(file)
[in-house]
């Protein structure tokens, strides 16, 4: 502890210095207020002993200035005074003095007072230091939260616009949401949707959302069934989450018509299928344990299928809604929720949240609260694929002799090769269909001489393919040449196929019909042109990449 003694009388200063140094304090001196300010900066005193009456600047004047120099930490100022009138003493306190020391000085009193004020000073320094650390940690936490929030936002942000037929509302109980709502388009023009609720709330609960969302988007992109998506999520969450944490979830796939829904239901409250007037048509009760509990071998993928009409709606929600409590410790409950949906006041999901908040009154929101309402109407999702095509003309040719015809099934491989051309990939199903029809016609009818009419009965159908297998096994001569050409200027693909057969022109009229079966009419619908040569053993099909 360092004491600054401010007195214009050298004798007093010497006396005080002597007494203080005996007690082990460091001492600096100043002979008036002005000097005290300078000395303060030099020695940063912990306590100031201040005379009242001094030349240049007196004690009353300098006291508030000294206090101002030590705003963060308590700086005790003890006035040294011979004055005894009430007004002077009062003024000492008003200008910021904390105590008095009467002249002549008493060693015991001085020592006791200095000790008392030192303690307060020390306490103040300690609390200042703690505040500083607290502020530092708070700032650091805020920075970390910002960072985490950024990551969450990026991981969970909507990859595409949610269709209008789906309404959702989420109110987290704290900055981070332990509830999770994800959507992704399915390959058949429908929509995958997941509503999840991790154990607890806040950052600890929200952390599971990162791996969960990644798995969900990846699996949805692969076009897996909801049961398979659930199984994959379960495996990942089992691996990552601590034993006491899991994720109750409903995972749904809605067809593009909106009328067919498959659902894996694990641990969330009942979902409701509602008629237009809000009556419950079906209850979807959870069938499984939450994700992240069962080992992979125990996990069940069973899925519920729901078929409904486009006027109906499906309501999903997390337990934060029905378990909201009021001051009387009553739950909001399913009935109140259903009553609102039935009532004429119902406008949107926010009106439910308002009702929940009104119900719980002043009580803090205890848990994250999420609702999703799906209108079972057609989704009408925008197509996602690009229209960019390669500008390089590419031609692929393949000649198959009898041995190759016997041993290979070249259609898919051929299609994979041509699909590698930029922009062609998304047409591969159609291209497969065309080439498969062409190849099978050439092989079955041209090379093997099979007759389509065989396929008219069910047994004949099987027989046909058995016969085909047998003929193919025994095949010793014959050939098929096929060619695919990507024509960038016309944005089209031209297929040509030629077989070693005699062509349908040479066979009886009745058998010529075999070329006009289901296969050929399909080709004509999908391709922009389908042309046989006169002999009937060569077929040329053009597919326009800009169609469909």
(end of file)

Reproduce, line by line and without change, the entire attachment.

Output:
[in-house]
């Protein structure tokens, strides 16, 4: 502890210095207020002993200035005074003095007072230091939260616009949401949707959302069934989450018509299928344990299928809604929720949240609260694929002799090769269909001489393919040449196929019909042109990449 003694009388200063140094304090001196300010900066005193009456600047004047120099930490100022009138003493306190020391000085009193004020000073320094650390940690936490929030936002942000037929509302109980709502388009023009609720709330609960969302988007992109998506999520969450944490979830796939829904239901409250007037048509009760509990071998993928009409709606929600409590410790409950949906006041999901908040009154929101309402109407999702095509003309040719015809099934491989051309990939199903029809016609009818009419009965159908297998096994001569050409200027693909057969022109009229079966009419619908040569053993099909 360092004491600054401010007195214009050298004798007093010497006396005080002597007494203080005996007690082990460091001492600096100043002979008036002005000097005290300078000395303060030099020695940063912990306590100031201040005379009242001094030349240049007196004690009353300098006291508030000294206090101002030590705003963060308590700086005790003890006035040294011979004055005894009430007004002077009062003024000492008003200008910021904390105590008095009467002249002549008493060693015991001085020592006791200095000790008392030192303690307060020390306490103040300690609390200042703690505040500083607290502020530092708070700032650091805020920075970390910002960072985490950024990551969450990026991981969970909507990859595409949610269709209008789906309404959702989420109110987290704290900055981070332990509830999770994800959507992704399915390959058949429908929509995958997941509503999840991790154990607890806040950052600890929200952390599971990162791996969960990644798995969900990846699996949805692969076009897996909801049961398979659930199984994959379960495996990942089992691996990552601590034993006491899991994720109750409903995972749904809605067809593009909106009328067919498959659902894996694990641990969330009942979902409701509602008629237009809000009556419950079906209850979807959870069938499984939450994700992240069962080992992979125990996990069940069973899925519920729901078929409904486009006027109906499906309501999903997390337990934060029905378990909201009021001051009387009553739950909001399913009935109140259903009553609102039935009532004429119902406008949107926010009106439910308002009702929940009104119900719980002043009580803090205890848990994250999420609702999703799906209108079972057609989704009408925008197509996602690009229209960019390669500008390089590419031609692929393949000649198959009898041995190759016997041993290979070249259609898919051929299609994979041509699909590698930029922009062609998304047409591969159609291209497969065309080439498969062409190849099978050439092989079955041209090379093997099979007759389509065989396929008219069910047994004949099987027989046909058995016969085909047998003929193919025994095949010793014959050939098929096929060619695919990507024509960038016309944005089209031209297929040509030629077989070693005699062509349908040479066979009886009745058998010529075999070329006009289901296969050929399909080709004509999908391709922009389908042309046989006169002999009937060569077929040329053009597919326009800009169609469909």